United States District Court, E.D. California
ALLISON CLAIRE UNITED STATES MAGISTRATE JUDGE
sought judicial review of a final decision of the
Commissioner of Social Security (“Commissioner”),
denying his application for a period of disability and
disability insurance benefits (“DIB”) benefits
under Title II and supplemental security income (SSI) under
Title XVI of the Social Security Act (“the Act”).
On October 31, 2017, the parties stipulated to remand, and an
order and judgment was entered. ECF Nos. 22, 23.
pending before the court is plaintiff’s August 21, 2019
amended motion for an award of attorney’s fees pursuant
to 42 U.S.C. § 406(b). ECF No. 28. On September 12,
2019, defendant filed a response taking “no position on
the reasonableness of the request.” ECF No. 30 at 4.
For the reasons set forth below, the motion will be granted.
REASONABLENESS OF FEE REQUEST
outset of the representation, plaintiff and his counsel
entered into a contingent-fee agreement. ECF No. 29-1.
Pursuant to that agreement plaintiff’s counsel now
seeks attorney’s fees in the amount of $10, 926.00,
which represents 25% of the retroactive disability benefits
received by plaintiff on remand, for 10.25 hours of attorney
time expended on this matter. ECF Nos. 28-1, 28 at 4.
are entitled to fees for cases in which they have
successfully represented social security claimants:
Whenever a court renders a judgment favorable to a claimant
under this subchapter who was represented before the court by
an attorney, the court may determine and allow as part of its
judgment a reasonable fee for such representation, not in
excess of 25 percent of the total of the past-due benefits to
which the claimant is entitled by reason of such judgment,
and the Commissioner of Social Security may . . . certify the
amount of such fee for payment to such attorney out of, and
not in addition to, the amount of such past-due benefits.
42 U.S.C. § 406(b)(1)(A). “In contrast to fees
awarded under fee-shifting provisions such as 42 U.S.C.
§ 1988, the fee is paid by the claimant out of the
past-due benefits awarded; the losing party is not
responsible for payment.” Crawford v. Astrue,
586 F.3d 1142, 1147 (9th Cir. 2009) (en banc) (citing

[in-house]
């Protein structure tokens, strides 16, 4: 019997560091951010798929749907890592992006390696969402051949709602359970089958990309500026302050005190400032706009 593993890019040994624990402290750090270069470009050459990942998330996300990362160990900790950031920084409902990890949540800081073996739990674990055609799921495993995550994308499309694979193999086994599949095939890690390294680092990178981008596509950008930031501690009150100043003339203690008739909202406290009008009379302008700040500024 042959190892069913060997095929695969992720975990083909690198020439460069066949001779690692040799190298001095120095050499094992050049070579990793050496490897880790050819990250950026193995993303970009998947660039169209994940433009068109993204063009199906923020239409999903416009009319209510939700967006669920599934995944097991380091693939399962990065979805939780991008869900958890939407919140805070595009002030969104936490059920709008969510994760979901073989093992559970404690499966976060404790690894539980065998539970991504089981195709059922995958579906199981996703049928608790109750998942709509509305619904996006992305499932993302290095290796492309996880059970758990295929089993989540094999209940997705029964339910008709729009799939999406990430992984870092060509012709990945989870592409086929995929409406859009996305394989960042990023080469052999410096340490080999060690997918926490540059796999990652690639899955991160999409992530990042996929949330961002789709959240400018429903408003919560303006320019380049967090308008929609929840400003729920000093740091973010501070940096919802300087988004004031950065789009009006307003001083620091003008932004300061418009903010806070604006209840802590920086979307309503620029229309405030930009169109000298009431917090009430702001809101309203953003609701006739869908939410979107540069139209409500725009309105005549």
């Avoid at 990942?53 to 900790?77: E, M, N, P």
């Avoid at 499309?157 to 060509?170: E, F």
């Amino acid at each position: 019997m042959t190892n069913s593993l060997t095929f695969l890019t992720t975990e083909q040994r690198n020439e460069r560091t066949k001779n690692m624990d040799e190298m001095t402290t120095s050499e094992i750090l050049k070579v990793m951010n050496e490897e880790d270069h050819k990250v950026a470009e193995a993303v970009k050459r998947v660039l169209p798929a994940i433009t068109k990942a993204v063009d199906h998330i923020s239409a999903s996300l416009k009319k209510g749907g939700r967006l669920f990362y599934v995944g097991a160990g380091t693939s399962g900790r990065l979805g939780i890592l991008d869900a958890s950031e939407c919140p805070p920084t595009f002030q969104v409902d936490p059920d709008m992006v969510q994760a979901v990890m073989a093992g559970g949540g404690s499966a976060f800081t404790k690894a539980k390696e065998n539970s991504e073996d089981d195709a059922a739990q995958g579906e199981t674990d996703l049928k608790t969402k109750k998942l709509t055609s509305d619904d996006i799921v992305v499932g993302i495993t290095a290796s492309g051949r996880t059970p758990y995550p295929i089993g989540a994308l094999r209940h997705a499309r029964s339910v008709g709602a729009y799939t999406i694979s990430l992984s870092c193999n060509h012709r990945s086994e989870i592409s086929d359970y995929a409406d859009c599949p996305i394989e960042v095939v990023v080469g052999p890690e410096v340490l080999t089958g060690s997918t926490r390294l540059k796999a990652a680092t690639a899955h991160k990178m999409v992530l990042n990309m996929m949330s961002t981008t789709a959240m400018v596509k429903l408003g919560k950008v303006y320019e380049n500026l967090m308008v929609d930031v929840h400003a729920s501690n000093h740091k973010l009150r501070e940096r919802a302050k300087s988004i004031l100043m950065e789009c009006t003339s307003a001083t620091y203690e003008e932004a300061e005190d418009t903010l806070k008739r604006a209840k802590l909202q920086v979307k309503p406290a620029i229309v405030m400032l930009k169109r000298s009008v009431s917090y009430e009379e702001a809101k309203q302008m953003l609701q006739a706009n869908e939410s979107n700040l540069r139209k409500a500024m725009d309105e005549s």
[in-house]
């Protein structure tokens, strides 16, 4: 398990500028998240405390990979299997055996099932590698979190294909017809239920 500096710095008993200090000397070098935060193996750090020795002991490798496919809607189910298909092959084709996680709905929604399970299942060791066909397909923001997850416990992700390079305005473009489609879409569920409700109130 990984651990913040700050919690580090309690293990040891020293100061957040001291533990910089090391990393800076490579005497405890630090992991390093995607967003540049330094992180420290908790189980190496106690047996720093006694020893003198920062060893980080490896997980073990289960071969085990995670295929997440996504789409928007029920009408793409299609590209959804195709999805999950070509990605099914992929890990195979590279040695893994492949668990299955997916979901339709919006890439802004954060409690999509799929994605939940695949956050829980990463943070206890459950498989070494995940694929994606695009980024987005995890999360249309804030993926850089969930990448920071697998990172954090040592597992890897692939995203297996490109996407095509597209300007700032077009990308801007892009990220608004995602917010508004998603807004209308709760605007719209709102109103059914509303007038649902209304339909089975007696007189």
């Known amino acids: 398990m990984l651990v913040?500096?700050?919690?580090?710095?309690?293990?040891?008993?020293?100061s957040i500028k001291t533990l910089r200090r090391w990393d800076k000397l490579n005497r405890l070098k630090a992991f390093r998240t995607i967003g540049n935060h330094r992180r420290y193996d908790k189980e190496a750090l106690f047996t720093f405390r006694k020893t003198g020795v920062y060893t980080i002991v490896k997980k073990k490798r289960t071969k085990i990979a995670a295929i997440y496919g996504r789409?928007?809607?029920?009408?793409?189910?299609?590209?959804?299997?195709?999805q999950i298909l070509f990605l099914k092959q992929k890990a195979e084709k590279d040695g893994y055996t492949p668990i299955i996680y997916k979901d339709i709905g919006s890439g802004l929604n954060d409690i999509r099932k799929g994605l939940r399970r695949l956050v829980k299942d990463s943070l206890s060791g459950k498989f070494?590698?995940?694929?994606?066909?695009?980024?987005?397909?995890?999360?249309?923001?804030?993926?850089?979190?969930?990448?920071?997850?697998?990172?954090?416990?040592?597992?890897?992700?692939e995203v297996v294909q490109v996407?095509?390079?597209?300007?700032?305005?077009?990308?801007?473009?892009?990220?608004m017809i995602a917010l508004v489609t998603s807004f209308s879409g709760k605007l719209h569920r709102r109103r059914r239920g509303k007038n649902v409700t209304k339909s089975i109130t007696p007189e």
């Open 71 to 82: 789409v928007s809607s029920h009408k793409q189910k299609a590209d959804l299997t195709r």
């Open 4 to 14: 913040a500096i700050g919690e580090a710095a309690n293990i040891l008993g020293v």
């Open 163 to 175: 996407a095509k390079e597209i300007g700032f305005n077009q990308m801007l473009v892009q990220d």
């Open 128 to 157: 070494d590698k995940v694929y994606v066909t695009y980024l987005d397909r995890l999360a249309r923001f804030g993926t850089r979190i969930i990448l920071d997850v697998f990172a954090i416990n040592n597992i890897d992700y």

Gisbrecht v. Barnhart, 535 U.S. 789, 802 (2002)).
The goal of fee awards under § 406(b) is
“‘to protect claimants against
“inordinately large fees” and also to ensure that
attorneys representing successful claimants would not risk
“nonpayment of [appropriate] fees.”’”
Parrish v. Comm'r of Soc. Sec. Admin., 698 F.3d
1215, 1217 (9th Cir. 2012) (quoting Gisbrecht, 535
U.S. at 805).
statutory maximum fee is not an automatic entitlement, and
the court must ensure that the fee requested is reasonable.
Gisbrecht, 535 U.S. at 808-09 (“406(b) does
not displace contingent-fee agreements within the statutory
ceiling; instead, § 406(b) instructs courts to review
for reasonableness fees yielded by those agreements”).
“Within the 25 percent boundary . . . the attorney for
the successful claimant must show that the fee sought is
reasonable for the services rendered.” Id. at
807. “[A] district court charged with determining a
reasonable fee award under § 406(b)(1)(A) must respect
‘the primacy of lawful attorney-client fee
arrangements, ’ ‘looking first to the
contingent-fee agreement, then testing it for
reasonableness.’” Crawford, 586 F.3d at
1149 (quoting Gisbrecht, 535 U.S. at 793, 808).
determining whether the requested fee is reasonable, the
court considers “‘the character of the
representation and the results achieved by the
representative.’” Crawford, 586 F.3d at
1151 (quoting Gisbrecht, 535 U.S. at 808). In
determining whether a reduction in the fee is warranted, the
court considers whether the attorney provided
“substandard representation or delayed the case,
” or obtained “benefits that are not in
proportion to the time spent on the case.” Id.
Finally, the court considers the attorney’s record of
hours worked and counsel’s regular hourly billing
charge for non-contingent cases. Crawford, 586 F.3d
at 1151-52 (citing Gisbrecht, 535 U.S. at 808);
see also, E.D. Cal. R. 293(c)(1) (in fixing
attorney’s fees the court considers “the time and
labor required”). Below, the court will consider these
factors in assessing whether the fee requested by counsel in
this case pursuant to 42 U.S.C. § 406(b) is reasonable.
plaintiff’s counsel is an experienced attorney who
secured a successful result for plaintiff. See
Declaration of Jesse S. Kaplan (“Kaplan Decl.”)
(ECF No. 28 at 6-7). There is no indication that a reduction
of fees is warranted due to any substandard performance by
counsel. There is also no evidence that plaintiff’s
counsel engaged in any dilatory conduct resulting in
excessive delay. The court finds that the $10, 962.00 fee,
which represents 25% of the past-due benefits paid to
plaintiff, is not excessive in relation to the benefits
awarded. In making this determination, the court recognizes
the contingent fee nature of this case and counsel’s
assumption of the risk of going uncompensated in agreeing to
represent plaintiff on such terms. See Crawford, 586
F.3d at 1152 (“[t]he attorneys assumed significant risk
in accepting these cases, including the risk that no benefits
would be awarded or that there would be a long court or
administrative delay in resolving the cases”). Finally,
counsel has submitted a detailed billing statement in support
of the requested fee. ECF No. 28 at 4. Defendant has not
opposed the reasonableness of the award.
for the reasons stated above, the court concludes that the
fees sought by counsel pursuant to § 406(b) are
OFFSET FOR EAJA FEES
award of § 406(b) fees must be offset by any prior award
of attorney’s fees granted under the Equal Access to
Justice Act (“EAJA”). 28 U.S.C. § 2412;
Gisbrecht 535 U.S. at 796. Here, plaintiffs attorney
was previously awarded $2, 017.10 in EAJA ...